The only thing that would change, depending on who wins the election, would be the ways in which my compatriots are able to make that journey. I don't think there would be a fundamental change in how the US views Latinos. There would simply be a change that might lower the temperature in the way that the word "migrant" has been demonized or the implications of being "Latino."

AK: How is the US role in the world seen by Salvadorans?

SA: The United States in my view has always been like a godfather. But there are many reasons in our history to not call the US a particularly kind godfather. We have a history marked by political help from Americans who were practically war criminals. The massacre of Mozote, and so on.

But more recently, the United States has tremendous influence over our government and over what Salvadorans think of our government. Polls show that Salvadorans really care about the relationship between their government and the United States. So it's important. If you like, the US is like the big strong friend of the poor kid who gets bullied in school.

AK: What are the main things on the minds of most Salvadorans today?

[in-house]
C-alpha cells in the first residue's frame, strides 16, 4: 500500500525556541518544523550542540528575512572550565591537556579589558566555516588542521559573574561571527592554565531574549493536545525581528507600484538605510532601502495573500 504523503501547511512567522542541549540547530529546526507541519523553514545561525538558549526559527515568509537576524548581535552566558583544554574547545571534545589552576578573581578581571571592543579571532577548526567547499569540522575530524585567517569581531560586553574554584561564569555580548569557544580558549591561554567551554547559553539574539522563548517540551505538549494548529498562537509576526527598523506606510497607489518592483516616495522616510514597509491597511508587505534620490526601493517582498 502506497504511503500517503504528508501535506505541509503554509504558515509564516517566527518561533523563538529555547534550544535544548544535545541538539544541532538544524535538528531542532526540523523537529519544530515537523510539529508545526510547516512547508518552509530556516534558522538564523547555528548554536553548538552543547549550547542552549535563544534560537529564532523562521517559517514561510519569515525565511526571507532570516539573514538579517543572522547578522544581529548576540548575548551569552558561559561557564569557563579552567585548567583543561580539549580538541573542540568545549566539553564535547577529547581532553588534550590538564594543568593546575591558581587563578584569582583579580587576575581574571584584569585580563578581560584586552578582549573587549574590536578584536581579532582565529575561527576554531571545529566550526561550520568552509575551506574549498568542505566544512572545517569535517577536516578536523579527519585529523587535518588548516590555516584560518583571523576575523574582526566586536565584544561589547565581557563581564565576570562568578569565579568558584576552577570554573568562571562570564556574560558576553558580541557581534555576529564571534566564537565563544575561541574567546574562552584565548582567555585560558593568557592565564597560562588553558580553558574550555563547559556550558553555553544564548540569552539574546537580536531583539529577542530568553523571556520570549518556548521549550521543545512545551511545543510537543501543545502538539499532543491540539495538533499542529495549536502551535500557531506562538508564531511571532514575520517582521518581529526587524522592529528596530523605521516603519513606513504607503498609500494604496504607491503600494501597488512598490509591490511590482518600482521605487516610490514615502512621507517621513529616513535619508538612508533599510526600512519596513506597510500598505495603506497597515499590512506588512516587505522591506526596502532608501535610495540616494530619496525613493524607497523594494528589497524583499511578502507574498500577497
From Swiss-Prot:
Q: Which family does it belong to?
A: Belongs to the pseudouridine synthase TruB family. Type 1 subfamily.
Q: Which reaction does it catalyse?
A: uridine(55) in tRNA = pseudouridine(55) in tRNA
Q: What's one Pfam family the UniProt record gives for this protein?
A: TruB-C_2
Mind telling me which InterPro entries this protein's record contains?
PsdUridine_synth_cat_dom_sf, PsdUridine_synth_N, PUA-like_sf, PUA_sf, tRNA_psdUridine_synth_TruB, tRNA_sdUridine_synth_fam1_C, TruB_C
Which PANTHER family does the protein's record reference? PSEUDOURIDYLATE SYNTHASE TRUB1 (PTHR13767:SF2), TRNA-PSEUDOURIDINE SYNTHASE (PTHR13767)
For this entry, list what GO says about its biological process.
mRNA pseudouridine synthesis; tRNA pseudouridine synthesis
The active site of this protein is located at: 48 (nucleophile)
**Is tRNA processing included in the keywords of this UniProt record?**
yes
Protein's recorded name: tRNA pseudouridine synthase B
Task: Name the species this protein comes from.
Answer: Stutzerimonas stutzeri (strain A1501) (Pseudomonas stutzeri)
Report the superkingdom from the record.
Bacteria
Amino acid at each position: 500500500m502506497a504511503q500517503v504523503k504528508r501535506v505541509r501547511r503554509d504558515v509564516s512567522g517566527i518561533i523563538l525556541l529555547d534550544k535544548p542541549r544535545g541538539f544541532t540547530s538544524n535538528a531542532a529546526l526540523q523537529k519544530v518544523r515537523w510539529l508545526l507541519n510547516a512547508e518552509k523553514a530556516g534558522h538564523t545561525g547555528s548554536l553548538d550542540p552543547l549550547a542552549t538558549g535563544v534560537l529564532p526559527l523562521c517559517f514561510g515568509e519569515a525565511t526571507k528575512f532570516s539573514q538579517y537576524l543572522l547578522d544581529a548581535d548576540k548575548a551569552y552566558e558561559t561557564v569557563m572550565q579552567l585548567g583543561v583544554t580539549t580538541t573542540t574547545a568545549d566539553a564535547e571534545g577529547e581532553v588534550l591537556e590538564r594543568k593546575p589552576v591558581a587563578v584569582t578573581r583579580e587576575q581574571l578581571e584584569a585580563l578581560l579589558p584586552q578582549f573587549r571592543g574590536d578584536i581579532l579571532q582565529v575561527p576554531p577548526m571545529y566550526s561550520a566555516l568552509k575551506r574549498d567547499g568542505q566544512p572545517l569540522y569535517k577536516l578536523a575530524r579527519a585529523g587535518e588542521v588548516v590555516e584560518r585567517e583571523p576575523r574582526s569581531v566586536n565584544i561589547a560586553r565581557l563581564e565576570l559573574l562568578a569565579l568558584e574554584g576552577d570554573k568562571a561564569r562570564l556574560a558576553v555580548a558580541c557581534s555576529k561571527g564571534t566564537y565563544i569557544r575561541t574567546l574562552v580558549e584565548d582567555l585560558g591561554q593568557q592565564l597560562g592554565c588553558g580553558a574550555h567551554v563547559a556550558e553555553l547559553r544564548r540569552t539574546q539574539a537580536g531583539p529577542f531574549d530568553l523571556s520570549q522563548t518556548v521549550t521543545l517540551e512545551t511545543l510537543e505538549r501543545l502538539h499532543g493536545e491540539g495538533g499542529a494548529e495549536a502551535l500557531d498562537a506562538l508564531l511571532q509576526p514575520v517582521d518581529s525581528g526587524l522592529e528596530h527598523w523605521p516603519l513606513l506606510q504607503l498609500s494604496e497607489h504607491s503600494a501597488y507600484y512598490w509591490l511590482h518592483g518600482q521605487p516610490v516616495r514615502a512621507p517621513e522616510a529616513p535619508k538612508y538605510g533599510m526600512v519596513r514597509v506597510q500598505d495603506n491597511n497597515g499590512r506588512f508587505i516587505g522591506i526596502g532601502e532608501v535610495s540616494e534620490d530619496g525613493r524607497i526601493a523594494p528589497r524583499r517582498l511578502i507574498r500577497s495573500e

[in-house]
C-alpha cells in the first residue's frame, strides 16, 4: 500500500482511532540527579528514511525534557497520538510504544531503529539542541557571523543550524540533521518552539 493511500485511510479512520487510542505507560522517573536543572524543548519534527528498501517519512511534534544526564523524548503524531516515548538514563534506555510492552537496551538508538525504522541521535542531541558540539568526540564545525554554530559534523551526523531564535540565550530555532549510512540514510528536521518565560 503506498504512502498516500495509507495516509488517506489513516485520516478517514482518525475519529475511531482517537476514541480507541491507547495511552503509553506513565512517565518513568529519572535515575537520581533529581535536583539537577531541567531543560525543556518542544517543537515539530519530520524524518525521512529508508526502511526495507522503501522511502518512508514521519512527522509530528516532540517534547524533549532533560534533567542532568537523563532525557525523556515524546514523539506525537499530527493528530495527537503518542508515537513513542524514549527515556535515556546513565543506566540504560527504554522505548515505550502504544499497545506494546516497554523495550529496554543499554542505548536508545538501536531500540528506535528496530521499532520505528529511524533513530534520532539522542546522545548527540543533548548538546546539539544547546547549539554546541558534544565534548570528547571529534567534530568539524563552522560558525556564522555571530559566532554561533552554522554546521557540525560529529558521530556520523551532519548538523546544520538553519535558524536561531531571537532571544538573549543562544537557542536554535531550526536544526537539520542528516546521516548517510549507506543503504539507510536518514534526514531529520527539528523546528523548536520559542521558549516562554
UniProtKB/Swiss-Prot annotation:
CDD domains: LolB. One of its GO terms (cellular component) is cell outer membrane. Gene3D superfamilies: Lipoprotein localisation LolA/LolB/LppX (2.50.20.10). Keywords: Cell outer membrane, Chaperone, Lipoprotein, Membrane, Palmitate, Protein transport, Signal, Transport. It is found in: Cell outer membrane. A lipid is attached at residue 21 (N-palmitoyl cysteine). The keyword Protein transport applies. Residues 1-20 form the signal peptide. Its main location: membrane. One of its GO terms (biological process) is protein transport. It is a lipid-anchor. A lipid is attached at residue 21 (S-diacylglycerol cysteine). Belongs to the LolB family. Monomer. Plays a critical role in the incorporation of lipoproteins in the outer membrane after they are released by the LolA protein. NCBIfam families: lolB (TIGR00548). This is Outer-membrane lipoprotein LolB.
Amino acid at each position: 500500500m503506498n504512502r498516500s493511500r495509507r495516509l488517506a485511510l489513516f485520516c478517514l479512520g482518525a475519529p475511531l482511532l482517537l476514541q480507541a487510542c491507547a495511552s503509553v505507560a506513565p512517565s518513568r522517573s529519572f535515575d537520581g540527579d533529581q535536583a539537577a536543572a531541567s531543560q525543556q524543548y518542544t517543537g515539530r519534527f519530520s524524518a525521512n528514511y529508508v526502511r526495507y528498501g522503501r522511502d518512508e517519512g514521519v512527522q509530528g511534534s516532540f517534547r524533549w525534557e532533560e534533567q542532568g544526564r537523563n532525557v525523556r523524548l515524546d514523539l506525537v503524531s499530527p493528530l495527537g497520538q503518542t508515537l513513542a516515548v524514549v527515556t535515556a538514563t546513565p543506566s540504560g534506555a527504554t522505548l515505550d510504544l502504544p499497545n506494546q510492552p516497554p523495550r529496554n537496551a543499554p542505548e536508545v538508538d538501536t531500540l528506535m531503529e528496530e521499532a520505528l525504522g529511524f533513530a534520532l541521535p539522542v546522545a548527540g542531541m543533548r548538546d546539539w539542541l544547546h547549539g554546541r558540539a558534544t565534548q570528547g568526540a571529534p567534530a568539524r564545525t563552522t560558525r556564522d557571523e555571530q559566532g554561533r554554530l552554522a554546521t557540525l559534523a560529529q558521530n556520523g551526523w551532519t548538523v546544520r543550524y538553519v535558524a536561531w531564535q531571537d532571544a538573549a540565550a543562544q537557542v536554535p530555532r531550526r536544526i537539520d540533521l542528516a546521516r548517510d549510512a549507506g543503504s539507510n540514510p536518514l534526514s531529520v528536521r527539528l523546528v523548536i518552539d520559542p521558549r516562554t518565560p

SA: We are living a triple crisis. An institutional crisis, a pandemic crisis, and the crisis which we are suffering as result of the pandemic which is poverty. In El Salvador wherever you go you will see the white flags flown on the homes of people in need of basic food. This is something we haven't seen in a long, long time. And the impact of this crisis of poverty is something that we are only just beginning to see clearly.

This interview is part of the GZERO project Global voices on the US election, which you can find in full here.

That's Bank of America's new target in its Environmental Business Initiative in order to accelerate the transition to a low-carbon, sustainable economy.

Here's how it will drive innovation to address climate change.

On Tuesday, a major US intelligence report said the top threat to America right now is China. A day later, John Kerry, the Biden administration's "climate czar," got on a plane to... China.